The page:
Directed by Larry and Lana Wachowski
Bound is one of my absolute favourite lesbian movies, so this review will contain little in the way of objectivity.
Corky (Gina Gershon) is a butch lesbian ex-con hired to redecorate an apartment in a building where she meets Violet (Jennifer Tilly), the glamorous girlfriend of mobster Caesar (Joe Pantolioano). The two women begin a passionate affair and come up with a plot to do the mafia out of the $2,000,000 that Caesar is supposed to be keeping safe until his boss Gino comes to collect. As you might expect, nothing goes quite according to plan and the tension underlying the story centres on the issue of trust. Can Corky and Violet trust each other enough to pull this off and get away with the money?
I love it! I love the clever homage to film noir and gangster movies. I love the fact that it’s a good thriller as well as a hot lesbian romance. I love the tight, well-written script and the black humour. I love Jennifer Tilly’s fantastic performance as the femme, gangster moll who’s tired of her work and ready for a real relationship. I even love Gina Gershon, who really can’t act for shit (she does that acting with facial expressions thing), but somehow manages to be touching and believable as Corky. I love the fact that this film takes its lesbian characters seriously and is not nervous about representing lesbian desire.
It’s packed full of hot scenes. The scene in which Corky and Violet first see each other in the lift – hot. The scene in which Corky walks into a lesbian bar with Aretha Franklin’s ‘I never loved a man the way that I love you’ playing in the background – HOT. The scene in which Violet seduces Corky – SCORCHING. The scene in which Corky and Violet have sex … Well, in fact the film is quite restrained about the sex. There is only one sex scene, but it’s a very good one. The Wachowskis were smart enough to get Susie Bright to script the scene and, as a result, we finally have a representation of lesbian sex that looks like real lesbian sex – sweat, dirty sheets etc. It’s not romanticised for lesbians and neither does it pander to the heterosexual viewer.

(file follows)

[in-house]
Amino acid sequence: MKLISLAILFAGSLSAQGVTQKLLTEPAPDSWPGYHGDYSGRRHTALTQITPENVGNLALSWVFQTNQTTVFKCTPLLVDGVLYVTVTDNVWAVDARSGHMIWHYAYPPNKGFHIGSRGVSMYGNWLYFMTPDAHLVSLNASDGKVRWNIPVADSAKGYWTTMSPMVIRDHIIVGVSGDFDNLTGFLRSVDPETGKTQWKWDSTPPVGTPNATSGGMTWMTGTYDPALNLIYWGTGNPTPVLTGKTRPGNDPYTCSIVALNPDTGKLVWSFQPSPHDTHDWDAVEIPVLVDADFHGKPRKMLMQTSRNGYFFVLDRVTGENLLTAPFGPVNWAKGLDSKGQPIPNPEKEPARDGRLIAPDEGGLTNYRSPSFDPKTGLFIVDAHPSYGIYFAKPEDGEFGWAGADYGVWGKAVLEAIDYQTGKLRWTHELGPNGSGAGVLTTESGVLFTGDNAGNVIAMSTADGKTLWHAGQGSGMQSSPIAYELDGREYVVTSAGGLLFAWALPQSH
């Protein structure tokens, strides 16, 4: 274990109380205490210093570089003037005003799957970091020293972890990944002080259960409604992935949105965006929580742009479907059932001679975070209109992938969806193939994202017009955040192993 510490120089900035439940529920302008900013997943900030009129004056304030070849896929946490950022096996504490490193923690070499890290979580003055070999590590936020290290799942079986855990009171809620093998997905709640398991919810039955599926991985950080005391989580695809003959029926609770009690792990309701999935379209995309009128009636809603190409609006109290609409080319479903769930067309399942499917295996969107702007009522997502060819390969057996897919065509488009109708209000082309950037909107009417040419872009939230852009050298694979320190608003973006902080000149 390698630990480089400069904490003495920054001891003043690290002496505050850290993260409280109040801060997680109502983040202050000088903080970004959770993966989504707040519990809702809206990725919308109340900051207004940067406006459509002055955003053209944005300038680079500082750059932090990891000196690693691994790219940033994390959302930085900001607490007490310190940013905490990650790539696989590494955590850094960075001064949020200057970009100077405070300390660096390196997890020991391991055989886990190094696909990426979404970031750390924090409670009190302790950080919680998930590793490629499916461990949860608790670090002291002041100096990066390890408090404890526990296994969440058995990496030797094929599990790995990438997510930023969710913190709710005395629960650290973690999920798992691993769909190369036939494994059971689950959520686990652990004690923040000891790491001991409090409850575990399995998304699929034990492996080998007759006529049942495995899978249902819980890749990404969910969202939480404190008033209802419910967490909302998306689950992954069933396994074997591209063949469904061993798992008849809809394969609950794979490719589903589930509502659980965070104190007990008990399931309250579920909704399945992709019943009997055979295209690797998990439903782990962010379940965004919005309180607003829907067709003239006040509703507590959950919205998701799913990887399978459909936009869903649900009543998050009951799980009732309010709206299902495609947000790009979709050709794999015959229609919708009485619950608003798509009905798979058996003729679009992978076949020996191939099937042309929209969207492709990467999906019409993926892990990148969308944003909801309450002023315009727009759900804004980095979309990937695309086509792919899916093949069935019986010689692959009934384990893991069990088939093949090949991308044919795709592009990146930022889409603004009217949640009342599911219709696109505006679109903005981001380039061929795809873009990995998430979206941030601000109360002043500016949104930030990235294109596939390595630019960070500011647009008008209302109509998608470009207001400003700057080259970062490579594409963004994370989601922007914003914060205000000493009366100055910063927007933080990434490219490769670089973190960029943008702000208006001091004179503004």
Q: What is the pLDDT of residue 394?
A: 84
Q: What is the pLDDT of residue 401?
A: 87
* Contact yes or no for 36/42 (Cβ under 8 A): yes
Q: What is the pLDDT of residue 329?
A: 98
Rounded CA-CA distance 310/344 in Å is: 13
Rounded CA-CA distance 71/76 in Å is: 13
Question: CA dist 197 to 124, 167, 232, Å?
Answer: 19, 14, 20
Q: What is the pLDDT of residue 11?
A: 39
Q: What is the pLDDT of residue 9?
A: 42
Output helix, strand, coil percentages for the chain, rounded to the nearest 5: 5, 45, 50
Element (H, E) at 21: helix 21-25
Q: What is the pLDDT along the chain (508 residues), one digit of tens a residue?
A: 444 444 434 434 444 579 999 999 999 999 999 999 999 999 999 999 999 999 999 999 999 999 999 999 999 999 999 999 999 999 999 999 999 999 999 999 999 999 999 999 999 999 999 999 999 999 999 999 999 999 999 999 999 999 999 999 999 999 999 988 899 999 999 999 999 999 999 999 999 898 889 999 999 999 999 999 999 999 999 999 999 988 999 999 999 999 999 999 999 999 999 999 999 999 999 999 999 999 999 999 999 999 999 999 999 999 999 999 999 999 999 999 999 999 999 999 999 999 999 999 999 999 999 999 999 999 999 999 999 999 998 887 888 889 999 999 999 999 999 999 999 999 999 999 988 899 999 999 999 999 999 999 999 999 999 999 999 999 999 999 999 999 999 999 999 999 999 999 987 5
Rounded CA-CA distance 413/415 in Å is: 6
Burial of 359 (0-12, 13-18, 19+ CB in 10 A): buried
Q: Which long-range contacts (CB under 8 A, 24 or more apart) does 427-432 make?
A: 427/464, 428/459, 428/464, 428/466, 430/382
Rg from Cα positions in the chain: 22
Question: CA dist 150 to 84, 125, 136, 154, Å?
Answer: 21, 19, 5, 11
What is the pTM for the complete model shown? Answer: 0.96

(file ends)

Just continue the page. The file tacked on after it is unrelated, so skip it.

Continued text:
I think that having a queer director at the helm (since Bound was released Lana Wachowski has transitioned and is in a lesbian relationship) helped hugely, as the film demonstrates a lot of understanding of queer desire and communication. When I first saw Bound I thought it might open the way to a better standard of mainstream lesbian film, but this really hasn’t happened as mainstream filmmakers have continued to fall back on the romantic comedy, when they’re not making psycho-lesbian thriller type movies. It’s a shame and I now suspect that it’ll be a few years yet before the promise contained in Bound is fully realised.